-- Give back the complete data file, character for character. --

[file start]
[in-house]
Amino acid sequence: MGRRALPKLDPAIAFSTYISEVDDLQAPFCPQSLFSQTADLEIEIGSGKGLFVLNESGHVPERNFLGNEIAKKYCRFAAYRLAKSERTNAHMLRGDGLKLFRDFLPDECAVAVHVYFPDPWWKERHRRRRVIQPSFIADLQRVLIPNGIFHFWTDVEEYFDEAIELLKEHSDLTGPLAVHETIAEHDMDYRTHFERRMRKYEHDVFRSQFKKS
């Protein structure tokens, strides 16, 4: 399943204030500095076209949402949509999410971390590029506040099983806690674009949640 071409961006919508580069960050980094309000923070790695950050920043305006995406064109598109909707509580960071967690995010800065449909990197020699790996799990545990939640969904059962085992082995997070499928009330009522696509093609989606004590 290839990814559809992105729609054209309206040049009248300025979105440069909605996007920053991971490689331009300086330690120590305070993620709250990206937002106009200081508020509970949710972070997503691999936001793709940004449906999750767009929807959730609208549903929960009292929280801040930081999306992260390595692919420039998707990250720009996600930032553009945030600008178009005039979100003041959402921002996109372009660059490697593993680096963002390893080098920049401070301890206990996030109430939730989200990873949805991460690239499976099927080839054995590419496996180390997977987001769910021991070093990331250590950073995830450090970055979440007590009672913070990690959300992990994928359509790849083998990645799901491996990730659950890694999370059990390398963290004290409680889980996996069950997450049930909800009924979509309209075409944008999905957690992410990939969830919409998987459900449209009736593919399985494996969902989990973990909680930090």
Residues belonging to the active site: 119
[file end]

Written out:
[in-house]
Amino acid sequence: MGRRALPKLDPAIAFSTYISEVDDLQAPFCPQSLFSQTADLEIEIGSGKGLFVLNESGHVPERNFLGNEIAKKYCRFAAYRLAKSERTNAHMLRGDGLKLFRDFLPDECAVAVHVYFPDPWWKERHRRRRVIQPSFIADLQRVLIPNGIFHFWTDVEEYFDEAIELLKEHSDLTGPLAVHETIAEHDMDYRTHFERRMRKYEHDVFRSQFKKS
């Protein structure tokens, strides 16, 4: 399943204030500095076209949402949509999410971390590029506040099983806690674009949640 071409961006919508580069960050980094309000923070790695950050920043305006995406064109598109909707509580960071967690995010800065449909990197020699790996799990545990939640969904059962085992082995997070499928009330009522696509093609989606004590 290839990814559809992105729609054209309206040049009248300025979105440069909605996007920053991971490689331009300086330690120590305070993620709250990206937002106009200081508020509970949710972070997503691999936001793709940004449906999750767009929807959730609208549903929960009292929280801040930081999306992260390595692919420039998707990250720009996600930032553009945030600008178009005039979100003041959402921002996109372009660059490697593993680096963002390893080098920049401070301890206990996030109430939730989200990873949805991460690239499976099927080839054995590419496996180390997977987001769910021991070093990331250590950073995830450090970055979440007590009672913070990690959300992990994928359509790849083998990645799901491996990730659950890694999370059990390398963290004290409680889980996996069950997450049930909800009924979509309209075409944008999905957690992410990939969830919409998987459900449209009736593919399985494996969902989990973990909680930090």
Residues belonging to the active site: 119